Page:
Opioid and Opiate Detox

Opioid addiction treatment begins with with opioid detox. Learn more about every step of the process at We Level Up Lake Worth FL treatment center.

Heroin, oxycodone, hydrocodone, fentanyl, and other opioids have one thing in common—they can ruin a life quickly. They result in severe addiction, which harms health, destroys relationships, and takes control over a person.

If your loved one is using any of these substances, you should explore how our opioid and opiate detox Florida center can help. Once in our center, we will do everything for your loved one to get their health and life back. We Level Up Lake Worth FL expert staff provides medical care and also gives you the emotional support you need to get your loved one to battle their addiction.

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What Are Opioids?

Opioids are a class of drugs people make using substances in poppy plant seeds. They stand out as very powerful drugs. Opioids can manage pain, which is why people widely use them in health care. They can manage moderate, severe, and often chronic pain.

The unfortunate reality of these drugs is that people use them for their sedative effects. They give you a euphoric feeling. This is troubling because what starts a desire to seek new experiences or cope with depression can quickly become dependence. Whether legal or illegal, opioids are controversial. They are a cause of an ongoing crisis across the country.

There were 81,806 opioid-involved overdose deaths in 2022, as we learn from the data from the Centers for Disease Control and Prevention. There are huge efforts in many states to address this issue. Still, opiates are responsible for more deaths than any other medicine or drug. The New York Times reports that opiates are responsible for more deaths than any other medicine or drug.

Early intervention is very important. We encourage you to get support from our opioid detox center immediately.

A person talking to their loved one about our opioid and opioid detox Florida center
Motivate your loved one to get help from our opioid and opiate detox Florida center.

What Makes Opioids Addictive?

No matter what the substance is, ongoing use can lead to the development of a physical dependency. When this occurs, the body has become so used to a substance that it often requires it to function. Psychological cravings usually follow shortly thereafter, resulting in what is known as full-blown addiction.

In the case of opioids, the risk of developing an addiction is significantly higher due to parts of the brain that are stimulated by opioid use. Opioids activate our mu-receptors, which influence the sensations of both pain and pleasure. Feelings of pleasure are closely related to reward pathways in the brain, and once triggered, create a strong association that can quickly lead to the development of compulsive behaviors. Opioids are able to do this on a powerful level that can be up to 10 times stronger than the feelings of pleasure our bodies would normally produce. Opioid highs have been described as a “wave of euphoria” and can be so powerful as to rewire the brain, leaving it wanting more, after a single use.

White pills on a yellow background
Opioid detox is the start of treatment.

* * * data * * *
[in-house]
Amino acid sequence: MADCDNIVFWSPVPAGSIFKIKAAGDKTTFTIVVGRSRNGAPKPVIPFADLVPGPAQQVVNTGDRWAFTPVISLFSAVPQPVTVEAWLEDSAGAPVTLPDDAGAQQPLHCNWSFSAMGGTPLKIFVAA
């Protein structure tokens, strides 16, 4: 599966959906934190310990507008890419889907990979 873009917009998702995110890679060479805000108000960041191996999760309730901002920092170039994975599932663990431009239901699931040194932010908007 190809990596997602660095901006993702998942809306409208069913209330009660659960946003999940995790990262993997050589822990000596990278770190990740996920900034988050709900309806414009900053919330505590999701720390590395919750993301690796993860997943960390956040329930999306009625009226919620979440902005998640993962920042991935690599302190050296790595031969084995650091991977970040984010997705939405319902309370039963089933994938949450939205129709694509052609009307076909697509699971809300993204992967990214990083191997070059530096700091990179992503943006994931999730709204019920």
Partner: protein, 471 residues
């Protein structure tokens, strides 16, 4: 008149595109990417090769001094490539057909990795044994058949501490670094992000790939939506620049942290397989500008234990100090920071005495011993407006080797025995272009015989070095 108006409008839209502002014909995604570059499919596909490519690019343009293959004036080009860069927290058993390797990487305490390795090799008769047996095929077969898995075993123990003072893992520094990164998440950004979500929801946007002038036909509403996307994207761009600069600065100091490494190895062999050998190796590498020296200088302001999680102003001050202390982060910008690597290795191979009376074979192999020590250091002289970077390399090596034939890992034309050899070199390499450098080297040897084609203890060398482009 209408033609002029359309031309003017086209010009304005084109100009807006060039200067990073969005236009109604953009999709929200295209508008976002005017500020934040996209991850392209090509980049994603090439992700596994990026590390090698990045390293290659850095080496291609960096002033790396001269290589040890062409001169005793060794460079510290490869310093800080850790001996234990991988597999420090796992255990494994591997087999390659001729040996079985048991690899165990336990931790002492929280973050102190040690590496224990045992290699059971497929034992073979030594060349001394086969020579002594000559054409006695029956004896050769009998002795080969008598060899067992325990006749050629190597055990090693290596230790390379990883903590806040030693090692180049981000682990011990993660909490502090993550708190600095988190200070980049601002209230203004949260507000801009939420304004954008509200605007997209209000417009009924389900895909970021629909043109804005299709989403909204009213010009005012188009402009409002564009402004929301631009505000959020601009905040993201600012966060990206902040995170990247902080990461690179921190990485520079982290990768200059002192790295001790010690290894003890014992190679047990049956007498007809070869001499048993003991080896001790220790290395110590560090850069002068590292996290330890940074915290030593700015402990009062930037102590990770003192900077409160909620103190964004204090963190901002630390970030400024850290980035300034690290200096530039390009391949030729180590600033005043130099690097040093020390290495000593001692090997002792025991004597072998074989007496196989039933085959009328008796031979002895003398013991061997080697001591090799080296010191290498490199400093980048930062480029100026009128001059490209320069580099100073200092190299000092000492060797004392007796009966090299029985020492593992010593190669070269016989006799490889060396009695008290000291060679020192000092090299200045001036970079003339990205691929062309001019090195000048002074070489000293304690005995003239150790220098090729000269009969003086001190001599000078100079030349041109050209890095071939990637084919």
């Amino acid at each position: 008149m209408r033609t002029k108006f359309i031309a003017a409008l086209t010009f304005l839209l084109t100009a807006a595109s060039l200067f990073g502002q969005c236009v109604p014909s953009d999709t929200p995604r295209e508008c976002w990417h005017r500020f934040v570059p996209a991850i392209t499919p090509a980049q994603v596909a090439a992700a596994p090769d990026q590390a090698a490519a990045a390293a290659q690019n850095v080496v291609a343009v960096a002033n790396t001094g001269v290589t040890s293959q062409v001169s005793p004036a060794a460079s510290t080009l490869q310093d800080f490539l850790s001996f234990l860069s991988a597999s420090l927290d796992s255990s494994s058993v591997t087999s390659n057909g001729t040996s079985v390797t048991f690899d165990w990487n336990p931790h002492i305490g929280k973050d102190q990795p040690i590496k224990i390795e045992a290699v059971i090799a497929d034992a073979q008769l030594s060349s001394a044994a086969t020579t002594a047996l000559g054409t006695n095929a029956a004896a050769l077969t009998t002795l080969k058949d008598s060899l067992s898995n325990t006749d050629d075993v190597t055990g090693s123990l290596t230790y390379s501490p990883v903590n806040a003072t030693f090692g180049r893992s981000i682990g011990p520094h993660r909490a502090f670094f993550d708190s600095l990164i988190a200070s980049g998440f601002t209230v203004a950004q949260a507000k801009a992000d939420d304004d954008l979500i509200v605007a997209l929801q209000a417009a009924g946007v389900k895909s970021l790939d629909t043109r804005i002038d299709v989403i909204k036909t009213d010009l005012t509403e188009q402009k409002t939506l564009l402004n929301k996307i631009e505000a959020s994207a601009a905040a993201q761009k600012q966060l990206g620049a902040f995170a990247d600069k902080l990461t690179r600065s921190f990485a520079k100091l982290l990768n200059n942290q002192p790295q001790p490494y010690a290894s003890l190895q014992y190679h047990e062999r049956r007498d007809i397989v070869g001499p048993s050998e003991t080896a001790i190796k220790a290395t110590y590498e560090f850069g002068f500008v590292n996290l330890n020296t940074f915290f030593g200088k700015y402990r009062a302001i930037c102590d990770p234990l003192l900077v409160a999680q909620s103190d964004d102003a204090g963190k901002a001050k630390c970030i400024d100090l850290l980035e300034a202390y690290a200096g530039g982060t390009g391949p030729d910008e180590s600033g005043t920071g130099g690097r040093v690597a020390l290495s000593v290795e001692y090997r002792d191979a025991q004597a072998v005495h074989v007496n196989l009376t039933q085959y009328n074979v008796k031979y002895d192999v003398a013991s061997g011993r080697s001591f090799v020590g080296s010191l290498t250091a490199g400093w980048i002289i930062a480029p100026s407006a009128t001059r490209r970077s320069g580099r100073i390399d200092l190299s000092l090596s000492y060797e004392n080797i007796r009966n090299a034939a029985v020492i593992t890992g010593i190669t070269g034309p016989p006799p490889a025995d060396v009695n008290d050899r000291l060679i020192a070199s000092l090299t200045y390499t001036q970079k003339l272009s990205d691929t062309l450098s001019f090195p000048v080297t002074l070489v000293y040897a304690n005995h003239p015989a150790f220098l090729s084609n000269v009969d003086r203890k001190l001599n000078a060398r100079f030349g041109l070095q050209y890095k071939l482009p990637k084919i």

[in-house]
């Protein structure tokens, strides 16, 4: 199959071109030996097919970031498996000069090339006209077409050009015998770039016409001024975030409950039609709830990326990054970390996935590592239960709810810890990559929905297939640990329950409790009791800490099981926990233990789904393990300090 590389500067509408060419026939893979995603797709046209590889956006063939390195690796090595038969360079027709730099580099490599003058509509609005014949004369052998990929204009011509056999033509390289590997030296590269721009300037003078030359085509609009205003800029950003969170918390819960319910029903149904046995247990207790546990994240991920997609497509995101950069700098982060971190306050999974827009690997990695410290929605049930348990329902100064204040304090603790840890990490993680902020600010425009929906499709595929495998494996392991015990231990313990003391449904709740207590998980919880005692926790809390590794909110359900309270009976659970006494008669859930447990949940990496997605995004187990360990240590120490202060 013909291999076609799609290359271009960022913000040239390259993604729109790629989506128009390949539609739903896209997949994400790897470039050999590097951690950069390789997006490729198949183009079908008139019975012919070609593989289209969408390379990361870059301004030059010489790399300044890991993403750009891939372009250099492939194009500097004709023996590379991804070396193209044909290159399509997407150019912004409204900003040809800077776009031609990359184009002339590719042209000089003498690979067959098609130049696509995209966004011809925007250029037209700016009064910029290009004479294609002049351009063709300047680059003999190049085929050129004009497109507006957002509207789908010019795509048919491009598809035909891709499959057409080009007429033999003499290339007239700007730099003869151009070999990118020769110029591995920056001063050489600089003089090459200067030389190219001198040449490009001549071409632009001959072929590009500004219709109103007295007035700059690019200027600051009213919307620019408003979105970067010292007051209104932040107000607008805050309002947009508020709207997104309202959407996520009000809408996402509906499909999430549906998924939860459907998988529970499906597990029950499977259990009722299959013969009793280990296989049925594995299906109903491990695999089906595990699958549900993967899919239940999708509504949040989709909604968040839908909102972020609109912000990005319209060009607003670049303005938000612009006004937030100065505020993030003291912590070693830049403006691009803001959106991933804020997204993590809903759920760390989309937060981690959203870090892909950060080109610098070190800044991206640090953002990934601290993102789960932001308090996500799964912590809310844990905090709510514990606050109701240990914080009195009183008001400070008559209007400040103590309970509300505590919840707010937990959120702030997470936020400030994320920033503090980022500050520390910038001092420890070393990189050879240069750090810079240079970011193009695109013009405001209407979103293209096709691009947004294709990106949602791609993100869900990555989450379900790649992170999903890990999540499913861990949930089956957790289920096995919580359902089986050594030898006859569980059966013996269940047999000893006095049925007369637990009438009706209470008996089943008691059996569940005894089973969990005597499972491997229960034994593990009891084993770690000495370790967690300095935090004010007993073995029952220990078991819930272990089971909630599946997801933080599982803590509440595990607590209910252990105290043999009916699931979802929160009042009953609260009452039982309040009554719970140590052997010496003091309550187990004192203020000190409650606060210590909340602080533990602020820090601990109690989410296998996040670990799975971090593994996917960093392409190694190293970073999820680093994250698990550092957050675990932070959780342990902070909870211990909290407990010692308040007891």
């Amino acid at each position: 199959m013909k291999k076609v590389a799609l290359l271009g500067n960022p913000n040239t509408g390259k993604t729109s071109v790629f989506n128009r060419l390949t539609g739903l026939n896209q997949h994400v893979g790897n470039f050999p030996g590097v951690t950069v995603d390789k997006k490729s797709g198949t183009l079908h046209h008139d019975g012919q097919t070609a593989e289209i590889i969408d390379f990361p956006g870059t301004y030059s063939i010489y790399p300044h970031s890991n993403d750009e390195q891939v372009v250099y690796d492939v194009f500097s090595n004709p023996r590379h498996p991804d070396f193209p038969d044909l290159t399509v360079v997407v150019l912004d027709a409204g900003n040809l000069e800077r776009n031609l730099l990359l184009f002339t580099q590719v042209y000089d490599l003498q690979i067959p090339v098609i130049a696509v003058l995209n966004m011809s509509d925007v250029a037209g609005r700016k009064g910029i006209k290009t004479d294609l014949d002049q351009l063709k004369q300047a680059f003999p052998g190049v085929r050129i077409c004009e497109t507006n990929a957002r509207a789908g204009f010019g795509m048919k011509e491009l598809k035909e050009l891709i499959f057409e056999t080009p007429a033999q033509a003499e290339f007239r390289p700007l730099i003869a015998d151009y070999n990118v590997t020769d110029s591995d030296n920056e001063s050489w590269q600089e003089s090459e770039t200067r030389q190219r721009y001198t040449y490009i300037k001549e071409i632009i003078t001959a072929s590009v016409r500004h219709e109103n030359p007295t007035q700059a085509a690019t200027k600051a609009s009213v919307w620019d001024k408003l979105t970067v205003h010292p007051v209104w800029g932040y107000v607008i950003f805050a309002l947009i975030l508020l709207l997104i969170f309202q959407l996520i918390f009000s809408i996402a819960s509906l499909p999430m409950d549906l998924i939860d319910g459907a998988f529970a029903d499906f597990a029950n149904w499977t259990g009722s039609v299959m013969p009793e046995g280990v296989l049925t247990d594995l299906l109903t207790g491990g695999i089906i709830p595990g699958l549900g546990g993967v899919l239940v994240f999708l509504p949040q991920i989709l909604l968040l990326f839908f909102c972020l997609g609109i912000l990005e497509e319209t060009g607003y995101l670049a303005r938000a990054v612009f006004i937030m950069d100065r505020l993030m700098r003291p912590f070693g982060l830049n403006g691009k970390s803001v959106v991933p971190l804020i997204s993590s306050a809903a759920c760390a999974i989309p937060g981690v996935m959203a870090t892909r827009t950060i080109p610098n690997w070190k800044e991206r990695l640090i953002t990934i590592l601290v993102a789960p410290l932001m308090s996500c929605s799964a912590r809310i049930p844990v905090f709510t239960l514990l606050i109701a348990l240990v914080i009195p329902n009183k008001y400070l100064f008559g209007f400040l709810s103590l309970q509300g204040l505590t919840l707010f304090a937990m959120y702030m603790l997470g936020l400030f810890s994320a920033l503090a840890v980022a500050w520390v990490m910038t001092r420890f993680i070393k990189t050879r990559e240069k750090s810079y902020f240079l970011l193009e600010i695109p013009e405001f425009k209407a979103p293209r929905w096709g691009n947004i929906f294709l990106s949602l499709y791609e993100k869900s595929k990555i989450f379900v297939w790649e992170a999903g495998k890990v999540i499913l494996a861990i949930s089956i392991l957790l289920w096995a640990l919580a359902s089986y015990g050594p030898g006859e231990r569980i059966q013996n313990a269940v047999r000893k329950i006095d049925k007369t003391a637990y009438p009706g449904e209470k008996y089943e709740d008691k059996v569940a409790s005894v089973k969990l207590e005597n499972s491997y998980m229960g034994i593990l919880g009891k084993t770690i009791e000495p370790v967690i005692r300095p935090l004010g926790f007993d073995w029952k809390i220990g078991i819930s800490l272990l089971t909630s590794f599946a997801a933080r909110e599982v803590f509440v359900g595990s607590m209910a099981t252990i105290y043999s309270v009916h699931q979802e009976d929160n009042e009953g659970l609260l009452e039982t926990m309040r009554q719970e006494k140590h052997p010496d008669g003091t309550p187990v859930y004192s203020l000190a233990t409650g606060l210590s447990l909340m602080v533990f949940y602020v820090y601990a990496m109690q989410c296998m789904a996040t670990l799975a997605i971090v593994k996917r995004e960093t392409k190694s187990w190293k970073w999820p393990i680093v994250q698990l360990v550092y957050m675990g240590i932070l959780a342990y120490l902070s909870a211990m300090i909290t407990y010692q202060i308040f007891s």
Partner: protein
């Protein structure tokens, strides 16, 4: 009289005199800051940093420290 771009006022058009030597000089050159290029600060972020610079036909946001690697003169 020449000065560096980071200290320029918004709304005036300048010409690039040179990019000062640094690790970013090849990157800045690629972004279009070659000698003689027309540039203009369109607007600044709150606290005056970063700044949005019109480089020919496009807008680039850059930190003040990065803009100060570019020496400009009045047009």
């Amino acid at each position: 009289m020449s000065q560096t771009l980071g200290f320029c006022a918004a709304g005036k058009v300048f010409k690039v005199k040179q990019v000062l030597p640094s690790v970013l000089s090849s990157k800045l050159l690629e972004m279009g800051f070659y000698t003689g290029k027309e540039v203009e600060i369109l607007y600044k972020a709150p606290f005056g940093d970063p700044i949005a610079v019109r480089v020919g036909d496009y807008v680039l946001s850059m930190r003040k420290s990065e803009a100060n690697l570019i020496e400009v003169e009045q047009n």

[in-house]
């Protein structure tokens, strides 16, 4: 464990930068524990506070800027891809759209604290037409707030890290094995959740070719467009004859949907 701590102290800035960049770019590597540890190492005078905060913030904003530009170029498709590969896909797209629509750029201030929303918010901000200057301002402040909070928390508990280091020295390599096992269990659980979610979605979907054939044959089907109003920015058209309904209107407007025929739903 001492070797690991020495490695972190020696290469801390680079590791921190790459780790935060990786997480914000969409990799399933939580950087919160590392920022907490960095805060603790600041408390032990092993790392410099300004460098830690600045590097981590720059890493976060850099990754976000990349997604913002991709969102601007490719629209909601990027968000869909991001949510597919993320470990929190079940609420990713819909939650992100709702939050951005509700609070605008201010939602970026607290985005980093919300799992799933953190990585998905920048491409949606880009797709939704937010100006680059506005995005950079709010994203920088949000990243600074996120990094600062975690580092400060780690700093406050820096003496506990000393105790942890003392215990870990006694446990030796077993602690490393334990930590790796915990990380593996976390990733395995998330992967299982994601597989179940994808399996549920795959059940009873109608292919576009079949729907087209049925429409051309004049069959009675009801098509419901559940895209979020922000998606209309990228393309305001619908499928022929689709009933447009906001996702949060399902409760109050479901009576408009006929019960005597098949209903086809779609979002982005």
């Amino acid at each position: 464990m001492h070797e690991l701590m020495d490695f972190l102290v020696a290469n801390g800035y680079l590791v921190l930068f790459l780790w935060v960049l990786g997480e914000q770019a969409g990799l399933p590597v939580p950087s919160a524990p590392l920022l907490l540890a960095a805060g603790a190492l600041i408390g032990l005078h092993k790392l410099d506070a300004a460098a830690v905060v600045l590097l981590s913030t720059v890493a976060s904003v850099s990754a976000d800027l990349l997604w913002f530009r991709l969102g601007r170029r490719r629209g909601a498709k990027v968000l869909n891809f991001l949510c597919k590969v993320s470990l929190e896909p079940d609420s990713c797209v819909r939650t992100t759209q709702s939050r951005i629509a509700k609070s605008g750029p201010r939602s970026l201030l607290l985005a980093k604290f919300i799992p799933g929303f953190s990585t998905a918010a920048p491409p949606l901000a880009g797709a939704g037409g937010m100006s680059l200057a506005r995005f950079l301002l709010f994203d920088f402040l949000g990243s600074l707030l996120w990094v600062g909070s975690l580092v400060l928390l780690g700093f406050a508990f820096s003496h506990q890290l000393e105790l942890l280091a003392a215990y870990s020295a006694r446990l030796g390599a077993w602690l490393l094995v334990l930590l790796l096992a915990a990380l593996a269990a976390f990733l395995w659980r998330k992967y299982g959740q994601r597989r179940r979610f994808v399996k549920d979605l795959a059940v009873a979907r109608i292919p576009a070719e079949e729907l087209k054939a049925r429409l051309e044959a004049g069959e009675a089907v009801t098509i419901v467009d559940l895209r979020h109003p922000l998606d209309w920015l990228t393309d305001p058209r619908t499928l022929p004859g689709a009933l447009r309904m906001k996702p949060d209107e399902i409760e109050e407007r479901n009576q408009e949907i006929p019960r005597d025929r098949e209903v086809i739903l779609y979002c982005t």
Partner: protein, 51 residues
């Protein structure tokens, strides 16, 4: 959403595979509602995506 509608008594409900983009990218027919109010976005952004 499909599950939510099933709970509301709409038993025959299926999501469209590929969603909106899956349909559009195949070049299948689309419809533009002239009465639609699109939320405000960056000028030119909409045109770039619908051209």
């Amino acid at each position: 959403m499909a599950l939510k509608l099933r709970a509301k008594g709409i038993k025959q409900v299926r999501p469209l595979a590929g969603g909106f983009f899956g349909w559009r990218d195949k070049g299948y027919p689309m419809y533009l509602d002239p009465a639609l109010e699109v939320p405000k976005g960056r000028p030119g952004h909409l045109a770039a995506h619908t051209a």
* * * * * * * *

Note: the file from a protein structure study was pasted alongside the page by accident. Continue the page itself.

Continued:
Addiction to Prescription Opioids

If you or a loved one was prescribed an opioid pain killer such as codeine, oxycodone, hydrocodone, hydromorphone, tramadol, or fentanyl, you should be aware that these are highly addictive substances. It does not take long to start to develop a dependence on them. If you notice any of the following in regards to your or a loved one’s use of a prescription opioid, you should contact our opiate detox Florida center for help. The signs include:

  • Taking larger doses or more frequent doses in order to feel the same effects
  • Inability to stop or control use
  • Cravings for the substance
  • Failure at work, school, or home obligations due to substance use
  • Continued use despite issues in your personal or work life
  • Withdrawal from normal activities
  • Continued use despite mental or physical health concerns
  • Withdrawal symptoms

Addiction to Illicit Opioids

In many cases, when an addiction to prescription opioid painkillers is not caught and treated early, it leads to risky behaviors and even the use of illicitly made opioid drugs, such as heroin. Social pressure and the use of other illicit drugs can also lead to the abuse of illicit opioids. Some signs of severe opioid addiction or the use of illicitly made opioids include:

  • Withdrawal from normal activities
  • Possession of drug paraphernalia (mental spoon, glass pipe, syringe, lighter or candle and matches).
  • Going to multiple doctors to receive prescriptions
  • Going to pharmacies around town to fill prescriptions

Types of Opioids

Some prescription drugs are used in a medical setting to manage severe pain. Others are illicitly made and abused. The most common opioids are:

  1. Heroin
  2. Fentanyl
  3. Oxycodone
  4. Hydrocodone


Heroin is derived from morphine, a natural substance obtained from the seed pod of the poppy plant. You can see it as a white or brown powder, usually.

This illicit opioid brings users a strong rush of euphoria. After that, a person feels relaxed and drowsy. Also, their breathing and heart rate slow down.

heroin addiction words on a picture of a syringe
Heroin is one of the most used illicit drugs.